When I first started drinking pu'ercha, I received some wisdom from a tea-shop seller in Chengdu: "drink shupu in winter, drink shengpu in summer". As regular readers may have come to appreciate, I promptly disregarded this advice.
Lately, however, it has been baking hot in England, despite it being only April. For the first time in as long as I can remember, we had an Easter barbecue and I developed a fetching sunburn. Certainly, our climate is not on the same scale of that in central China or Arizona, but, for we feeble race of fog-dwellers, it is the hottest temperature imaginable. It feels as if my eyeballs are going to melt.
This parched heat turns the act of drinking shengpu in the morning into a definite treat, even moreso than usual. By sheer chance, after spending a good few hours with this tea, a quick read of Scott's web-pages at Yunnan Sourcing reveal that he recommends this cake for drinking on a hot day. What peculiarly good luck...
Have you ever come across something by the name of "Xikong" [shee kong] before? It is entirely new to me, and again reminds me just how delightful it is, and how fortunate we are, to be able to sample leaves from around the less-travelled parts of Yunnan province.
Xikong is kinda-sorta in the Yiwu region, being in Mengla County of Xishuangbanna, which is the bit that sticks out into Laos. As such, I expect a little "outlying" character to be found, and this excites me: I completely adore the unique granary, sweet characteristics that I associate with that area. If more cakes came from this region, I would be a happy drinker - and I am, by dint of nature, a habitually happy drinker.
The varietal that grows around this area is a xiaoye [sheow yeah, small leaf] type, which I find to be a touch more fruity and sweet than the usual daye [dar yeah, big leaf] type.
So, then, to the tea itself. Scott's samples always take me by surprise when I unseal them from their tightly-packed little foil pouches: the aroma leaps out and wrestles the nose into submission. This Xikong is grassy and fresh in its scent, and could have easily convinced me that it is a springtime tea, rather than the autumnal growth that it is. You can see from the image above that the leaves are, indeed, of a small variety.
Happily, this is a straight yellow tea (pictured above). I have consumed, it seems, so much one-year tea that turns out fat, husky orange, that to have something unadulterated and properly raw is quite a relief.
Further encouraging me, the scent marches proudly in the aroma cup, long and strong, with no sign of diminishing as the infusions continue.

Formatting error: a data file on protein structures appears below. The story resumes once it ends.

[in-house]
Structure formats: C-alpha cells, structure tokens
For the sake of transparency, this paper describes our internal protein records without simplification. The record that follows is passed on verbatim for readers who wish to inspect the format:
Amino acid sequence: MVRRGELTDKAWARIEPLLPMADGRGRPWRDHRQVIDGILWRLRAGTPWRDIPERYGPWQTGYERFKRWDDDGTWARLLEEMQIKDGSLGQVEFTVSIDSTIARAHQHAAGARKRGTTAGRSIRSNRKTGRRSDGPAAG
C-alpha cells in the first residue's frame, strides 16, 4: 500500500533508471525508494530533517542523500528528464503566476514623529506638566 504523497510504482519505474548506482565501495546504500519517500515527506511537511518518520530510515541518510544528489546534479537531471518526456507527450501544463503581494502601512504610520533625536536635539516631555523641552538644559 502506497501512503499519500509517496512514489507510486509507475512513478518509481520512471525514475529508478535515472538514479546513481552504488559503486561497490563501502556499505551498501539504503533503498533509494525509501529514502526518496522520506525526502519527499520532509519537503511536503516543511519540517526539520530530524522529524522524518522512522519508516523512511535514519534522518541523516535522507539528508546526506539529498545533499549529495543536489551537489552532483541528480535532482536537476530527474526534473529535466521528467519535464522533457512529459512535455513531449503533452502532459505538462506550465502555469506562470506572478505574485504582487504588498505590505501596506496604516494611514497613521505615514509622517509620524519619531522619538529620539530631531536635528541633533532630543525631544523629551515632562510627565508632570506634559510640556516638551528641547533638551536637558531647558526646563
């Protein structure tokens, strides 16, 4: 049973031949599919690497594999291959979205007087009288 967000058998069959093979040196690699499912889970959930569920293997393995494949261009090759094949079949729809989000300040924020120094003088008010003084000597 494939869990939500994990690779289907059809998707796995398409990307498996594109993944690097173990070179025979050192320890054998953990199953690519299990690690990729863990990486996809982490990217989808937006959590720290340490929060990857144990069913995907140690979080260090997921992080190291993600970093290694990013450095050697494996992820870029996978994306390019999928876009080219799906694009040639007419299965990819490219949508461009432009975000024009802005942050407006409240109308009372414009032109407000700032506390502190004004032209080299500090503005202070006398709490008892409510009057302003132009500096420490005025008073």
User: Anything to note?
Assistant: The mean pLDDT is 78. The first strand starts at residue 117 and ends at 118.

Happy days: this is a fine example of the region's tea. Sweet, grapefruit-like, with a goodly amount of smooth buttery, sweetness in the finish paint a complex picture for the drinker to appreciate. It squats determined in the throat, with an excellent kuwei [bitter flavour], and a satisfyingly fat, chunky body.
I could drink this until the proverbial cows come home, and thoroughly enjoy a prolonged session with it.
It has the clean, sweet-cereal "outland" nature that I so long to find, and avoids being rough, courtesy of Scott's decent selection of leaves. On passing the table, my dear wife takes a sip, remarking "Too bitter for me!" but, between you and me, it's just about right. (Assuming that you like nasty, bitter tea, as do I.)
Scott sells two strata of autumnal cakes: a cheaper layer, costing around $20 / 250g xiaobing, and a more expensive layer, costing around $40 / 250g xiaobing. This cake is in the latter, and deservedly so. Of course, its equivalent 375g bing price is around $60, which makes one pause for thought - that isn't the sort of money that I would spend on a one-year cake without significant consideration. However, it is a lovely tea, and it appeals to my idiosyncrasies. I hope to buy one or two cakes for fun.
I was unsuccessful in buying this from Yunnan Sourcing, where it quickly sold out. I should learn to buy before I write! I since bought it from a stock that Scott had reserved for his US venture. The price was higher, in the $50s somewhere.
This time, with my own cakes in hand, I find it sweet and buttery, with a dry, granary body. It has good potency and endures well. It keeps my interest, and I find it absorbing - surely a compliment. I enjoy its sweet, rough nature.
I sweet leaves and then burn garden waste in a fire. Cold, happy days...